In recent times, regular research papers continue to be published in reputed conferences like ACL, EMNLP or COLING. There has been an increasing number of efforts in shared tasks such as SemEval 2007 Task#14: Affective Text, TAC 2008 Opinion Summarization task, TREC-BLOG tracks since 2006 and relevant NTCIR tracks since 6th NTCIR aimed to focus on different issues of opinion and emotion analysis. Several communities from sentiment analysis have engaged themselves to conduct relevant conferences, e.g., Affective Computing and Intelligent Interfaces (ACII) in 2009 and 2011 and workshops such as “Sentiment and Subjectivity in Text” in COLING-ACL 2006, “Sentiment Analysis – Emotion, Metaphor, Ontology and Terminology (EMOT)” in LREC 2008, Opinion Mining and Sentiment Analysis (WOMSA) 2009, “Topic-Sentiment Analysis for Mass Opinion Measurement (TSA)” in CIKM 2009, “Computational Approaches to Analysis and Generation of Emotion in Text” in NAACL 2010, Workshop on Computational Approaches to Subjectivity and Sentiment Analysis (WASSA) in ECAI 2010 and in ACL 2011, FLAIRS 2011 special track on “Affect Computing” and so on.
This workshop aims to bring together the researchers in multiple disciplines such as computer science, psychology, cognitive science, social science and many more who are interested in developing next generation machines that can recognize and respond to the sentimental states of the human users and serve the society. The workshop will consist of a set of invited talks and presentations of technical papers that will be selected after peer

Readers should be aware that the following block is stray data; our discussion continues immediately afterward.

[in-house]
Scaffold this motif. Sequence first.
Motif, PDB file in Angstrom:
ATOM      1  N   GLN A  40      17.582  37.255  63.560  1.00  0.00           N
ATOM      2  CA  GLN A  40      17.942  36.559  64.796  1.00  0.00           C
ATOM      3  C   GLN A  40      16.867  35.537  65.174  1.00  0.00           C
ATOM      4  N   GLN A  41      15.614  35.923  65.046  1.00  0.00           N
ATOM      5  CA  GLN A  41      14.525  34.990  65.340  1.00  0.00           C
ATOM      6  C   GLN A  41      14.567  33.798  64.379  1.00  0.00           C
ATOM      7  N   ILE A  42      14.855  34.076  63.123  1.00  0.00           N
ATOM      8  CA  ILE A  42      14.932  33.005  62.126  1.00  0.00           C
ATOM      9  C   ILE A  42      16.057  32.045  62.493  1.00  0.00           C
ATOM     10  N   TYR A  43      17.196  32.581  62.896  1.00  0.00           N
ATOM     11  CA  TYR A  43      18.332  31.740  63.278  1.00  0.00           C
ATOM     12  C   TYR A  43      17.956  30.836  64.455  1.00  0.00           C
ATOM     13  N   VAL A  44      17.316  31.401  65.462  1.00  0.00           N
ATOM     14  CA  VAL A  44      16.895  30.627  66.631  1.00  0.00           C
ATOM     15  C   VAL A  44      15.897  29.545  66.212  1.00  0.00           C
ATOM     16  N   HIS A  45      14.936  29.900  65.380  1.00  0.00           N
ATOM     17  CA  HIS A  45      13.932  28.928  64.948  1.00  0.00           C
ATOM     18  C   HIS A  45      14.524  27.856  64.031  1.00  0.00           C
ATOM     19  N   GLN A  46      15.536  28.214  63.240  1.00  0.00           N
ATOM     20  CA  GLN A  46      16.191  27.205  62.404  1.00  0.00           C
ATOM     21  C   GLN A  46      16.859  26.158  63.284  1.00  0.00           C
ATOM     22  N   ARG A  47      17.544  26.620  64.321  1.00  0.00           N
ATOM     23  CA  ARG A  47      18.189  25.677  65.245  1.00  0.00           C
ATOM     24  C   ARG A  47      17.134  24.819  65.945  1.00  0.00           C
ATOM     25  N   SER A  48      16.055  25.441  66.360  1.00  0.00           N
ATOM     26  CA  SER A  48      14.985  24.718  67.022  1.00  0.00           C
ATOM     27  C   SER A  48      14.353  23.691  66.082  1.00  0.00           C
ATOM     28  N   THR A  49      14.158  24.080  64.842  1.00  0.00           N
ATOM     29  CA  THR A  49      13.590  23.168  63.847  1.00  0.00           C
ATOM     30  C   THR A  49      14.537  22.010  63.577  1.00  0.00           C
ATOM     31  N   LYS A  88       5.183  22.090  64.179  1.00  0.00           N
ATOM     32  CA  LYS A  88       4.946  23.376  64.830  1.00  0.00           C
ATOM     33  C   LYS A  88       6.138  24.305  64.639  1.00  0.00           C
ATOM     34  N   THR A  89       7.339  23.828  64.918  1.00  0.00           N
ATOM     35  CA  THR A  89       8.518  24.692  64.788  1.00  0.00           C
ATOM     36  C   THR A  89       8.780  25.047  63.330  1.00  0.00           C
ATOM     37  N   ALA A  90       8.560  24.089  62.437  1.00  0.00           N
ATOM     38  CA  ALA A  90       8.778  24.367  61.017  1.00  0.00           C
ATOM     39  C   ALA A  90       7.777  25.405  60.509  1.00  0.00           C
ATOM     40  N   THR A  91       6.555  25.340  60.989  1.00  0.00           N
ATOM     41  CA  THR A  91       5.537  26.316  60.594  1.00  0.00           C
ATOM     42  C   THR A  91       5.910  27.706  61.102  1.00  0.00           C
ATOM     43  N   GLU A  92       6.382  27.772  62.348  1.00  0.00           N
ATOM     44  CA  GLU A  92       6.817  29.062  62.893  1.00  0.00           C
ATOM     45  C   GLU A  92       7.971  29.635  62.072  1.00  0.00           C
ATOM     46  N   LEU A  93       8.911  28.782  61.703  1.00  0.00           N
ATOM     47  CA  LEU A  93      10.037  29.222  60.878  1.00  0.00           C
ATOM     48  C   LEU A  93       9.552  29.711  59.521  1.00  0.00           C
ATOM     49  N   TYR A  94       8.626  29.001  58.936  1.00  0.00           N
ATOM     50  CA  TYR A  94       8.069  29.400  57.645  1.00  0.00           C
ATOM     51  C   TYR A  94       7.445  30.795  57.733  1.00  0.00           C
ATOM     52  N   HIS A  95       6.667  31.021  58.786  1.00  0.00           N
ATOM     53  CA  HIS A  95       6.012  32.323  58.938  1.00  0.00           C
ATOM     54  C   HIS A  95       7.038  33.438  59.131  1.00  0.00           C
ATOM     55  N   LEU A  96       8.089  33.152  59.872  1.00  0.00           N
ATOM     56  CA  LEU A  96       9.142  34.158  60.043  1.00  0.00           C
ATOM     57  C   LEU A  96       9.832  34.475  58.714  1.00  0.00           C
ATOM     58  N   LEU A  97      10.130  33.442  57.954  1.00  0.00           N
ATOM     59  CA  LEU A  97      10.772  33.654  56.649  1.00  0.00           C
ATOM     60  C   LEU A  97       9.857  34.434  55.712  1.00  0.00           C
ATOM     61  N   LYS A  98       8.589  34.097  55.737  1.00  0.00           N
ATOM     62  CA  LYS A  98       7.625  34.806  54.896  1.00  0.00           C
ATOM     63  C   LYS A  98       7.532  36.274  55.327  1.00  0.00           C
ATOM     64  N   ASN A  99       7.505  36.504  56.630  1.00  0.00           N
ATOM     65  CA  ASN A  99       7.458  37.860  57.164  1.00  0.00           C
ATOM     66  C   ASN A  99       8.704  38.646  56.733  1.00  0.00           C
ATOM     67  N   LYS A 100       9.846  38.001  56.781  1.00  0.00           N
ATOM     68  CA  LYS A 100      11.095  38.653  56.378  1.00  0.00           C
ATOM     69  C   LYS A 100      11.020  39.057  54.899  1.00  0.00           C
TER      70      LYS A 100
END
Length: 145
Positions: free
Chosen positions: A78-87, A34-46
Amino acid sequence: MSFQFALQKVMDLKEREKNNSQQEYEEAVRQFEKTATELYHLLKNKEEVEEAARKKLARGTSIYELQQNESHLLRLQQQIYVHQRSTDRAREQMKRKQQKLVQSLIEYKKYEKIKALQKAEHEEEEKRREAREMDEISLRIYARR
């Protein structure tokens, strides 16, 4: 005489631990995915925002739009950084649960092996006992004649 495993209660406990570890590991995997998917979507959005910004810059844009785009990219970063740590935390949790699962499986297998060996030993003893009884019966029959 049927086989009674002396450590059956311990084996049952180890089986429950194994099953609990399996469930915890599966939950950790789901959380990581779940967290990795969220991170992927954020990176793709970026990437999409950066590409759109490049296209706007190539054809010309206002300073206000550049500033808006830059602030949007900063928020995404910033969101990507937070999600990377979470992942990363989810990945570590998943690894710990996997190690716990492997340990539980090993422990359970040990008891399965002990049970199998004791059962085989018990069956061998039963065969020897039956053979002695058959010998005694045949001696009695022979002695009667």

review from the submissions received.

List of Topics
We welcome original and unpublished submissions on all aspects of sentiment analysis. Topics of interest include, but are not limited to:

-New models of sentiment: its origin in the speaker's goals and intentions, its signaling in the text, and its relationships to the objects in question
-Psychological models for sentiment analysis
-Topic-dependent/independent sentiment identification/ Topic and sentiment studies and applications
-Mass opinion estimation based on NLP and statistical models.
-Domain, topic and genre, language dependency of sentiment analysis
-Discourse analysis of sentiment
-Opinion, Sentiment, Emotion extraction, categorization and aggregation
-Sentiment corpora and annotation
-Sentiment lexicon
-Evaluation methodologies
-Applications of sentiment analysis

Important Dates
Submissions Deadline: June 1, 2011
Notification of Acceptances: July 29, 2011
Camera ready submissions: August 19, 2011
Workshop Date: November 13, 2011

Information for Authors